Situations Matter

Situations Matter by Sam Sommers is an eye-opening study of the influence of context on human interactions. Social psychologists call it “fundamental attribution error”, which is a tendency to interpret someone else’s behavior as stemming from their core characteristics, rather than to external circumstances. A simplistic example of attribution error is assuming that the person driving the speeding car is a reckless speed-freak rather than someone rushing a woman in labor to the hospital. Sommers has studied the power of situations over human interactions and how the attribution error interferes with our ability to empathize with the unfamiliar. I have read similar studies of how bias infiltrates our relationships, but what surprised me the most is how it also influences our perception of the self.

You’re not the person you thought you were

A provocative but aptly named chapter, Sommers overturns the concept of an “authentic self” with a simple fill-in-the-blanks exercise:

  1. I am _________________
  2. I am _________________
  3. I am _________________
  4. I am _________________
  5. I am _________________

His study subjects were required to fill in 20 of these blanks, but 5 is enough to illustrate his point to the reader. The open-endedness of this exercise allows for a fantastic range of responses: “I am 36 years old, I am hungry, I am tall, I am a lifelong learner”. Taking the 20 questions test in different contexts will yield different definitions of yourself. Sommers has discovered that “we tend to think of ourselves in terms of that which makes us distinctive”, so your answers will have more to do with the people around you than with a fixed set of characteristics. A woman is more likely to include gender on her list if she is in a room full of men than if she is in a room full of women. So it seems that “identity is malleable and personal preferences are constructed on the spot.” Introspection will gain us little but a hazy snap-shot of our identity at any given moment.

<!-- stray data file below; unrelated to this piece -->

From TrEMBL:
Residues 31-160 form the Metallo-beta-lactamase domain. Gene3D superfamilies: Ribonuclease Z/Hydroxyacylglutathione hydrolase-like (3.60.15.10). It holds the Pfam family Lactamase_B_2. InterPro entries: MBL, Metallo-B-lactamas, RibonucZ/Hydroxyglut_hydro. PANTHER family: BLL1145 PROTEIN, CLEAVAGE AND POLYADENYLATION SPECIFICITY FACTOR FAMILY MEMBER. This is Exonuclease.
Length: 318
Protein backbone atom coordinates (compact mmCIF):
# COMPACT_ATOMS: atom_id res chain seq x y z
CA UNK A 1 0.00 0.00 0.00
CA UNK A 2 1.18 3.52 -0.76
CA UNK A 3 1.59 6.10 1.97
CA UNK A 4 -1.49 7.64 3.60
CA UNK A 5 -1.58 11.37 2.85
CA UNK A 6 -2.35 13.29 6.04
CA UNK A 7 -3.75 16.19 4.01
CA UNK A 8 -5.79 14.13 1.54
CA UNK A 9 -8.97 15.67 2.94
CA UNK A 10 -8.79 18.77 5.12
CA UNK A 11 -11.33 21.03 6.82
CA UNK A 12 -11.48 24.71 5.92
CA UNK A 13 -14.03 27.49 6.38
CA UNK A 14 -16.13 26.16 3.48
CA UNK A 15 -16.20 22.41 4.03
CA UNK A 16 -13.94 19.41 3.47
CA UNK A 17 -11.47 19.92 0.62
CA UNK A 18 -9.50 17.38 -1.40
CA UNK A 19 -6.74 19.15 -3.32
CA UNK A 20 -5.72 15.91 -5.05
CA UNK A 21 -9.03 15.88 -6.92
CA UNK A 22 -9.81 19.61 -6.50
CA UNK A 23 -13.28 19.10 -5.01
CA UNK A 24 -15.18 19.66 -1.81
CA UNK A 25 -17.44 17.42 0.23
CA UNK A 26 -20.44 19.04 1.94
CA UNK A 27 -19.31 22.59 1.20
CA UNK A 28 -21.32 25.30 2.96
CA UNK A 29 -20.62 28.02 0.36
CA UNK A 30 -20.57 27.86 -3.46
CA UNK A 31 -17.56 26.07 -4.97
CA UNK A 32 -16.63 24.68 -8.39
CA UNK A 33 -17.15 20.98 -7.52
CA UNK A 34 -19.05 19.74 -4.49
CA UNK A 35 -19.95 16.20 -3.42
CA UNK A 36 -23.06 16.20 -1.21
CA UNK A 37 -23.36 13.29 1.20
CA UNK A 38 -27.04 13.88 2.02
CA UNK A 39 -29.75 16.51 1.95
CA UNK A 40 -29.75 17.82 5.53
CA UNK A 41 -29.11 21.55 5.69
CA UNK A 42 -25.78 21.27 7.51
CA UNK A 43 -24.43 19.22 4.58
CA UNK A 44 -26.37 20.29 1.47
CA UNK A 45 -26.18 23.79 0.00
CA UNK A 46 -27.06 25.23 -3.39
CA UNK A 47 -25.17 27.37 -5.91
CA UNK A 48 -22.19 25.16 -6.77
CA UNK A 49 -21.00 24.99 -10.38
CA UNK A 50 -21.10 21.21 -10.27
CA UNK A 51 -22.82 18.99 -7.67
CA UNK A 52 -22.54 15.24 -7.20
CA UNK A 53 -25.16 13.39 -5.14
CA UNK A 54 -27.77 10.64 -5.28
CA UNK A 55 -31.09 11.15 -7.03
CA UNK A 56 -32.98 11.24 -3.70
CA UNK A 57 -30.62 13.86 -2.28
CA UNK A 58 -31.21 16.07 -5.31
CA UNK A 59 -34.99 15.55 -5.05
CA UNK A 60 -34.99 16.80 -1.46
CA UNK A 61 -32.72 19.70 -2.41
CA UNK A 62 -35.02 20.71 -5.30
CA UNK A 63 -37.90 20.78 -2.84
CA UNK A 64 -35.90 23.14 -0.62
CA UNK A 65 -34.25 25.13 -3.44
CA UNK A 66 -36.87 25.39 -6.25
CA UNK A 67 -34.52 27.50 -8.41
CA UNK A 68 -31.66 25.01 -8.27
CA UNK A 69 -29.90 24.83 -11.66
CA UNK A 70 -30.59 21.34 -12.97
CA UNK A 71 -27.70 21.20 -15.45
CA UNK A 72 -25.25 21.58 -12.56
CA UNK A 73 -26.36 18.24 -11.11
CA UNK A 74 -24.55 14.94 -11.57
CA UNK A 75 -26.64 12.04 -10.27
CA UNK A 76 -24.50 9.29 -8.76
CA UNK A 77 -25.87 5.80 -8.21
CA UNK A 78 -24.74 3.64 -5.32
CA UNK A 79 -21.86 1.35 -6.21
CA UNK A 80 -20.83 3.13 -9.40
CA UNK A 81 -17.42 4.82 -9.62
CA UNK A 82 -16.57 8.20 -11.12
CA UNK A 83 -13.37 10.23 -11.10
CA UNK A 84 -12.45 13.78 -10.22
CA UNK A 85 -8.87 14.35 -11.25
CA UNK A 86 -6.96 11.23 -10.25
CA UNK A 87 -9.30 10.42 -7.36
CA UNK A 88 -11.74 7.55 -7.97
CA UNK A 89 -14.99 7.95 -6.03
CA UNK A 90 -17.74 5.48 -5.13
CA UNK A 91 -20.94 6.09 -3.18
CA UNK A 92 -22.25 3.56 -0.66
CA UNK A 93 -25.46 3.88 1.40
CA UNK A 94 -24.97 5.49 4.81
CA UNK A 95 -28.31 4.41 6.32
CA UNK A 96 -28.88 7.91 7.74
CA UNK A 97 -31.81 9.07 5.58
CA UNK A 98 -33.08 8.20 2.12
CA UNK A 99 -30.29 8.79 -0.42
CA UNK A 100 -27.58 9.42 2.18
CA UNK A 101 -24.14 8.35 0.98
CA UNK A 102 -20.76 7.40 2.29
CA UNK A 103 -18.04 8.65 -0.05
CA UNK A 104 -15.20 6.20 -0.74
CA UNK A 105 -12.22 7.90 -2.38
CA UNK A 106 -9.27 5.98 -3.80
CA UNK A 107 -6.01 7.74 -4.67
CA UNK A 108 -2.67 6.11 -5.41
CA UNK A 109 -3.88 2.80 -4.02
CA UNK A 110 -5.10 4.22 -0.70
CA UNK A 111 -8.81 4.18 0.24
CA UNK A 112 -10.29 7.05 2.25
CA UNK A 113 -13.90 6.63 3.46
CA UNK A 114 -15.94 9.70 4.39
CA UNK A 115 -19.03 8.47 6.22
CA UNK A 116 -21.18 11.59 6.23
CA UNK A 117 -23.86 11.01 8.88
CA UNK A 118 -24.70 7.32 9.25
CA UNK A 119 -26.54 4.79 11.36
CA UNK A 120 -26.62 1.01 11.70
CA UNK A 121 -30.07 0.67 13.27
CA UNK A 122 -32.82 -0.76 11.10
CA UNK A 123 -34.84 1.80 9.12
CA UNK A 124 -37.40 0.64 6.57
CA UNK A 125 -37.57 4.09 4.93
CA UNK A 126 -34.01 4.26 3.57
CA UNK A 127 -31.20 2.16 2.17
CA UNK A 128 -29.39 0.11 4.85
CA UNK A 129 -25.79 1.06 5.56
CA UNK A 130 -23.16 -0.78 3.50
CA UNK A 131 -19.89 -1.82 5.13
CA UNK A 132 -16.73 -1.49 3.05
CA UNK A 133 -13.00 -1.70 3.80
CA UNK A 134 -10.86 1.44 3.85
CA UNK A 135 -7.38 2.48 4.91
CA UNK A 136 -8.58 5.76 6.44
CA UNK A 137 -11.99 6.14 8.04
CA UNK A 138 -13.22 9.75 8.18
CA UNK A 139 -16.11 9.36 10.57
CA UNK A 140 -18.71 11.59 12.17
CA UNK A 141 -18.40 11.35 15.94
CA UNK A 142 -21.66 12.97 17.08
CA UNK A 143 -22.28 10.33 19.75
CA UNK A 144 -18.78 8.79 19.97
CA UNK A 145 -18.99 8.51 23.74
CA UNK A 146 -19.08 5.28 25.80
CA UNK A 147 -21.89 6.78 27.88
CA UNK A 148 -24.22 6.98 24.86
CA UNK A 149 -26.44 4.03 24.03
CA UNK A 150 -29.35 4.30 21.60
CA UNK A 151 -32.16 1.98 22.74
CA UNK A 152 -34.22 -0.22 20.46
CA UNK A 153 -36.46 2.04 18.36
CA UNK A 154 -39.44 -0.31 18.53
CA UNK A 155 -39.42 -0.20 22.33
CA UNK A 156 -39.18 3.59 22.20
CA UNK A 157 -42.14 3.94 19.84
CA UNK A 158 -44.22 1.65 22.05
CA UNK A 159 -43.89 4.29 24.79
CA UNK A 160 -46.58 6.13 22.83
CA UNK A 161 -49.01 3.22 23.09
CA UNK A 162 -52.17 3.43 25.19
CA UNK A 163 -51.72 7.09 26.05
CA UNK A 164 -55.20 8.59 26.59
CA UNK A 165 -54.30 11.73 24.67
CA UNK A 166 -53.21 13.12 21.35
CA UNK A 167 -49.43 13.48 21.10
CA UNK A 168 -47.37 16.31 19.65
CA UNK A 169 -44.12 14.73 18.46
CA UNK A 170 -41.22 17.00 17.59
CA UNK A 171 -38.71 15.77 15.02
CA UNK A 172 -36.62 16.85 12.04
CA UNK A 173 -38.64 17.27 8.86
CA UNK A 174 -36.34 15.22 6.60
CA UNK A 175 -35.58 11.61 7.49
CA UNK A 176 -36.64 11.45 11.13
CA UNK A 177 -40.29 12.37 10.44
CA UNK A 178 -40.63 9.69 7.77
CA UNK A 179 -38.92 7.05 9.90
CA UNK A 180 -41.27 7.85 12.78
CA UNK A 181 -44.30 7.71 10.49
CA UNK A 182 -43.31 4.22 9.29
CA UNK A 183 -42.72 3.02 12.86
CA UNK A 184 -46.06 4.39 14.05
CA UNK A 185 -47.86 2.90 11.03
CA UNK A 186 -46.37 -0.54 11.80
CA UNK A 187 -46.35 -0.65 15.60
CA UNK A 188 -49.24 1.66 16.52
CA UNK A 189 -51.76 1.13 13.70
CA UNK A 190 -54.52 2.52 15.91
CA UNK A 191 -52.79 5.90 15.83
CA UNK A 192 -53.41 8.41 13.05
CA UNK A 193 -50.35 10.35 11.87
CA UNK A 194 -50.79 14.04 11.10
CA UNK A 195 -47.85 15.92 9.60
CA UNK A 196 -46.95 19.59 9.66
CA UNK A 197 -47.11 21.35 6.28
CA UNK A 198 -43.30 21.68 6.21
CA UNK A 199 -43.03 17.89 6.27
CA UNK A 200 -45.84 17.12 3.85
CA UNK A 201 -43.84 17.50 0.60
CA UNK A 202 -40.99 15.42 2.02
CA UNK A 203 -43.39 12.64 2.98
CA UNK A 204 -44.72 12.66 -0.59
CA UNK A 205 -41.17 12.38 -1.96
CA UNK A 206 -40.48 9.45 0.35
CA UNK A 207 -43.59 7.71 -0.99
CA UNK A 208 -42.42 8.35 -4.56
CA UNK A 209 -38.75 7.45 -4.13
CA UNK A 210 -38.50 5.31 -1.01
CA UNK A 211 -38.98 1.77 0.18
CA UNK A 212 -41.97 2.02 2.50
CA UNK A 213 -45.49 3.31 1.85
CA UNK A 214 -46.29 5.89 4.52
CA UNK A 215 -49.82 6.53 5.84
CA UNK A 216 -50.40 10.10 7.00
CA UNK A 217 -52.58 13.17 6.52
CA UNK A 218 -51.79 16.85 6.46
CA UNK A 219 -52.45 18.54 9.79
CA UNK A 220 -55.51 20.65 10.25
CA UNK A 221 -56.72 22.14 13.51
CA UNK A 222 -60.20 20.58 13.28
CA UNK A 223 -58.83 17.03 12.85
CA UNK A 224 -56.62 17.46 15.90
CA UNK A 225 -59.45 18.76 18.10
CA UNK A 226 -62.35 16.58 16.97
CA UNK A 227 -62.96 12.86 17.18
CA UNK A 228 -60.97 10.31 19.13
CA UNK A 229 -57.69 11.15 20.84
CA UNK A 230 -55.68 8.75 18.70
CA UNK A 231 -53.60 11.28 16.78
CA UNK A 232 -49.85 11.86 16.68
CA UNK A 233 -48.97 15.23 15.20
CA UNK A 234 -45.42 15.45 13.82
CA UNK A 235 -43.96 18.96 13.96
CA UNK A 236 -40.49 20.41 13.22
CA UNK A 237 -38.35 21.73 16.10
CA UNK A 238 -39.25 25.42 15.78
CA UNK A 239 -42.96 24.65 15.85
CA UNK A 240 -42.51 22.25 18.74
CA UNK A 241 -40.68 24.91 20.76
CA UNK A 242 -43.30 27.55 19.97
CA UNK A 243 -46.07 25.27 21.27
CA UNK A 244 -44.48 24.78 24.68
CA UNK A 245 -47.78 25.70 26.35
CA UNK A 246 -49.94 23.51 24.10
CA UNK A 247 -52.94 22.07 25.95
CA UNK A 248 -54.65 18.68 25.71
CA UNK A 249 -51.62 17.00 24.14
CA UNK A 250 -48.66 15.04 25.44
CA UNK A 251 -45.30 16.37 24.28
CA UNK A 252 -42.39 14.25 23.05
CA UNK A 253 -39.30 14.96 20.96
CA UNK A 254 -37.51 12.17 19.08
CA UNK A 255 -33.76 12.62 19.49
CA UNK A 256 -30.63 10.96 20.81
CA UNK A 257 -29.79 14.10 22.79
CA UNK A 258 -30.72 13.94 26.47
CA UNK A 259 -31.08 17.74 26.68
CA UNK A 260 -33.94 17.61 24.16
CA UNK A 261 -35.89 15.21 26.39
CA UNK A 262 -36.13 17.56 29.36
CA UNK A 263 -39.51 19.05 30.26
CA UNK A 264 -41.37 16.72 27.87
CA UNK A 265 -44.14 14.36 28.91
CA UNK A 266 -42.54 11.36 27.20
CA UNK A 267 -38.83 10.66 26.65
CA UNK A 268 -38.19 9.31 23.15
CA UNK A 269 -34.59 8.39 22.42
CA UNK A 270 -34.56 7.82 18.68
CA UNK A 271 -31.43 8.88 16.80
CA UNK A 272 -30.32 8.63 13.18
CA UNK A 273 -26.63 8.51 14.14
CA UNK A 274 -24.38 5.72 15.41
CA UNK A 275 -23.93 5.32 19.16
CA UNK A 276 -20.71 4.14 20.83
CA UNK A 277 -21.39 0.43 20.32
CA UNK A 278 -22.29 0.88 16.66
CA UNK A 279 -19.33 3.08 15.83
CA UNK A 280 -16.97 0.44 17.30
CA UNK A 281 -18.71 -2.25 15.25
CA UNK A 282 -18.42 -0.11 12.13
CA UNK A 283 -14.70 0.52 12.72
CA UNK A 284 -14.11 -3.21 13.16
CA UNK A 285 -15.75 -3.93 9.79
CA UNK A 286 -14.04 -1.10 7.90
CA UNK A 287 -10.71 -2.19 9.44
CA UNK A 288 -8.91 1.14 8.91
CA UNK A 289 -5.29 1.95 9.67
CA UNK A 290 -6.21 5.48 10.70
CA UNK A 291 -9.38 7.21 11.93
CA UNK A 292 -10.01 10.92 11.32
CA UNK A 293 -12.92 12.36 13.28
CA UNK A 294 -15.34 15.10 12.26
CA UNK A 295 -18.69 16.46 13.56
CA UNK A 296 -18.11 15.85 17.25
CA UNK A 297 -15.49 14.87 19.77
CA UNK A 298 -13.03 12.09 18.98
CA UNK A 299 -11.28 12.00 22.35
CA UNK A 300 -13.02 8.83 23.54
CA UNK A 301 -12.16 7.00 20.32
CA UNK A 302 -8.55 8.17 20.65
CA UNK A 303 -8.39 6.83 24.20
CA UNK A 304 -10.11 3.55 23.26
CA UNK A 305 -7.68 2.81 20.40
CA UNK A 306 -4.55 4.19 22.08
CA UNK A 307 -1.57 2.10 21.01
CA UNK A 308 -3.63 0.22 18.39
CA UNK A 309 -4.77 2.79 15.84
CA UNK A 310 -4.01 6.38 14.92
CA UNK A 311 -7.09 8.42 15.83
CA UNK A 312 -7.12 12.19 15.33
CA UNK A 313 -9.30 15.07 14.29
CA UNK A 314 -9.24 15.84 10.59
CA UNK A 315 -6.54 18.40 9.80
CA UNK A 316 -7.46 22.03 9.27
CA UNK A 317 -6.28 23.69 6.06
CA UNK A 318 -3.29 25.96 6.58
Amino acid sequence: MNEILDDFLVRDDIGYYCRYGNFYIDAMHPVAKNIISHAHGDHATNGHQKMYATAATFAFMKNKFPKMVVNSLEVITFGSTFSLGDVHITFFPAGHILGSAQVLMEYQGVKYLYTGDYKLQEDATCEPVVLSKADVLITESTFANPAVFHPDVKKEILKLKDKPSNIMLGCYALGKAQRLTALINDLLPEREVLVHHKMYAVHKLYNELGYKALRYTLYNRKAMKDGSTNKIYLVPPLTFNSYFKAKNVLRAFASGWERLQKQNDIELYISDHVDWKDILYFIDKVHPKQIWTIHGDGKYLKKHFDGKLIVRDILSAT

“It’s refreshing to realize that you’re not a finished product — that who you are in the here and now may not be the same person you’ll be in the then and there. In fact, it’s the opposite view of the self as a fixed entity that causes problems. When you assume that there’s a true core self waiting to be discovered, that’s when your potential seems limited and the world around you is full of threats to be rationalized away.”

One quality that is typically presumed to be fixed is intelligence. Challenging this truism, another study was conducted where students were grouped according to their belief that either intelligence is a stable attribute, or that their intellect can be changed. The researchers asked the students to predict the likelihood that they will attend a remedial language course, and then tracked their performance. It was found that among the students who fared poorly in the language course, those who viewed intelligence as a permanent, unchangeable trait were less likely to enroll in the remedial course — that is, to take steps in order to improve their performance. For students who believe that intelligence is fixed, a poor exam grade is a mark of their limitations rather than an opportunity for improvement. Students who believe that intelligence is malleable are more likely to show the stick-to-itiveness necessary for self-improvement.

Viewing the self less like a rigid Rubik’s Cube to be solved, and more like Silly Putty that conforms to the shape of its container, will likely free up a lot of my time. Instead of trying to solve the puzzle. I can spend energy on finding the container that makes me happy… for the moment.